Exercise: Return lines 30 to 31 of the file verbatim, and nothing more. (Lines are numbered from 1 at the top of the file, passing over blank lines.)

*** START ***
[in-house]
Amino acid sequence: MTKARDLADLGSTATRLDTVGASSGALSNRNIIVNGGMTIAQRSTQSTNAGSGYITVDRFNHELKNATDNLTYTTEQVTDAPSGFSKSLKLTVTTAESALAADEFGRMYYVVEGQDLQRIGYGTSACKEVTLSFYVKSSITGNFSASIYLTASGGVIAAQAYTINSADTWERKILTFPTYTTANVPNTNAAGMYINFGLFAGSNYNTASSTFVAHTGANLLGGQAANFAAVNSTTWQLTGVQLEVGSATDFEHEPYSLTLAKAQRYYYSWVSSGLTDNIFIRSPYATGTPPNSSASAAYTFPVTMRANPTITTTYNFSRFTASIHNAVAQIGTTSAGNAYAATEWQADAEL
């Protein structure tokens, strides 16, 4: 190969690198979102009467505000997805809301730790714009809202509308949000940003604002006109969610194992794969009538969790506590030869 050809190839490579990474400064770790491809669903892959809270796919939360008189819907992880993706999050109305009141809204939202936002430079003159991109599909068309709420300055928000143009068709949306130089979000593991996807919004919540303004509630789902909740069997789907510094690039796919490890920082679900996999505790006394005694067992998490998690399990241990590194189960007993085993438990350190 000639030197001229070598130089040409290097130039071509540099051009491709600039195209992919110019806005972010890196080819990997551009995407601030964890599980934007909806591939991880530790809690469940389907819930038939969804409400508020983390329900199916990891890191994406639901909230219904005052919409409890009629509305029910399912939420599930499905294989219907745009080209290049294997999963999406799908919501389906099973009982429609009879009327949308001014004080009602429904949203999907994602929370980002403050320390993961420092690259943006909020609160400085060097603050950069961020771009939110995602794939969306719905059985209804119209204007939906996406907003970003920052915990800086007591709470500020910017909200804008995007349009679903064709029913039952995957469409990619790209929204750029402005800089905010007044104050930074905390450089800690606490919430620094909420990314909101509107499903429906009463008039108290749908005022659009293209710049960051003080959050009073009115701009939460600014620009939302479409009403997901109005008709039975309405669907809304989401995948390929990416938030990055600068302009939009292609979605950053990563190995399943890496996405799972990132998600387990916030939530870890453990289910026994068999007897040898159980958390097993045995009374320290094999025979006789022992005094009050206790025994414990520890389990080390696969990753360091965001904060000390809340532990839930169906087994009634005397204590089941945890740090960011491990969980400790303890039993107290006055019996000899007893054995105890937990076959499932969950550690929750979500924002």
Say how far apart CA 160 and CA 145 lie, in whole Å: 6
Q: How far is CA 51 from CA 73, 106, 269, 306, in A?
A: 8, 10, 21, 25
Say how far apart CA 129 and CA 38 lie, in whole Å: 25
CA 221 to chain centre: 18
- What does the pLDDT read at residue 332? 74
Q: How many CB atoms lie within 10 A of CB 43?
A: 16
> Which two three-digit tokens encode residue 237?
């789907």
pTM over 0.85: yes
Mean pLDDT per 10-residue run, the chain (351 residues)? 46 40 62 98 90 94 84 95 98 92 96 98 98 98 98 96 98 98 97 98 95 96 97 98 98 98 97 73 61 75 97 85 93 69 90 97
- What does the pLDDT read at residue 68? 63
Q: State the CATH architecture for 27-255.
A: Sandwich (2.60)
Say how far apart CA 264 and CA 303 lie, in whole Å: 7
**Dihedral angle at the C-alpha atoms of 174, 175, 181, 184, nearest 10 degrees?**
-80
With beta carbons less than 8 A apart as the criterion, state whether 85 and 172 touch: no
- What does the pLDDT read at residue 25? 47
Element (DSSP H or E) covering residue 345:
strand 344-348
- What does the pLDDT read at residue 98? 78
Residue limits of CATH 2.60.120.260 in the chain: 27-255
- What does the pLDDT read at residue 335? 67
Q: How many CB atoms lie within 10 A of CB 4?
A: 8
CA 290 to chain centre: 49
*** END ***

A: 8
CA 290 to chain centre: 49